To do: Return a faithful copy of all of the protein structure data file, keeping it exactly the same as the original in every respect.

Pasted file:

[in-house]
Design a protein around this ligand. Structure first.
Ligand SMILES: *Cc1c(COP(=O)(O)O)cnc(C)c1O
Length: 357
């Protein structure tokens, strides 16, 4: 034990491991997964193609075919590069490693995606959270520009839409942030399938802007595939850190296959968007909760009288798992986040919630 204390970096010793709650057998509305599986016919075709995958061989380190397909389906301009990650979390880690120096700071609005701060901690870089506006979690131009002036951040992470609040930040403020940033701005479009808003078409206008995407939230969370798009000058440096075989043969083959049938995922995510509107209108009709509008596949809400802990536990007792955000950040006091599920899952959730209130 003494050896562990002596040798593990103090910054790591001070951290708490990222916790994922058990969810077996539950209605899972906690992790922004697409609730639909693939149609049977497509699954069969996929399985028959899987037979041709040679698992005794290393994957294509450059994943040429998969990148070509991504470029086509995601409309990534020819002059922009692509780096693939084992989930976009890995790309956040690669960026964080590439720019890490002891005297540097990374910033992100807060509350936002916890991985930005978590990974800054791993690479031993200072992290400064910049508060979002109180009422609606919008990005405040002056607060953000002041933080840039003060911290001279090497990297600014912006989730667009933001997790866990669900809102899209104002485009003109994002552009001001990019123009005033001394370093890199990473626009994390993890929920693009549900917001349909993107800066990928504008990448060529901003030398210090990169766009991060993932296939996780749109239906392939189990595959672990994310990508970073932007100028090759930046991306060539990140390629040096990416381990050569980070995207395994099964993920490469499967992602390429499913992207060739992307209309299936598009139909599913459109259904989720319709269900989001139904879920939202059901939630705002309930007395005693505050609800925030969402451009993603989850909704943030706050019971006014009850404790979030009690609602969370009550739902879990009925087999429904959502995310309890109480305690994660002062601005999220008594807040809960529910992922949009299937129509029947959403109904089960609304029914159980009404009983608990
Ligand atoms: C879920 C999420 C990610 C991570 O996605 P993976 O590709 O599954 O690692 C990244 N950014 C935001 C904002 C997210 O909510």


[in-house]
Design a protein around this ligand. Structure first.
Ligand SMILES: *Cc1c(COP(=O)(O)O)cnc(C)c1O
Length: 357
């Protein structure tokens, strides 16, 4: 034990491991997964193609075919590069490693995606959270520009839409942030399938802007595939850190296959968007909760009288798992986040919630 204390970096010793709650057998509305599986016919075709995958061989380190397909389906301009990650979390880690120096700071609005701060901690870089506006979690131009002036951040992470609040930040403020940033701005479009808003078409206008995407939230969370798009000058440096075989043969083959049938995922995510509107209108009709509008596949809400802990536990007792955000950040006091599920899952959730209130 003494050896562990002596040798593990103090910054790591001070951290708490990222916790994922058990969810077996539950209605899972906690992790922004697409609730639909693939149609049977497509699954069969996929399985028959899987037979041709040679698992005794290393994957294509450059994943040429998969990148070509991504470029086509995601409309990534020819002059922009692509780096693939084992989930976009890995790309956040690669960026964080590439720019890490002891005297540097990374910033992100807060509350936002916890991985930005978590990974800054791993690479031993200072992290400064910049508060979002109180009422609606919008990005405040002056607060953000002041933080840039003060911290001279090497990297600014912006989730667009933001997790866990669900809102899209104002485009003109994002552009001001990019123009005033001394370093890199990473626009994390993890929920693009549900917001349909993107800066990928504008990448060529901003030398210090990169766009991060993932296939996780749109239906392939189990595959672990994310990508970073932007100028090759930046991306060539990140390629040096990416381990050569980070995207395994099964993920490469499967992602390429499913992207060739992307209309299936598009139909599913459109259904989720319709269900989001139904879920939202059901939630705002309930007395005693505050609800925030969402451009993603989850909704943030706050019971006014009850404790979030009690609602969370009550739902879990009925087999429904959502995310309890109480305690994660002062601005999220008594807040809960529910992922949009299937129509029947959403109904089960609304029914159980009404009983608990
Ligand atoms: C879920 C999420 C990610 C991570 O996605 P993976 O590709 O599954 O690692 C990244 N950014 C935001 C904002 C997210 O909510």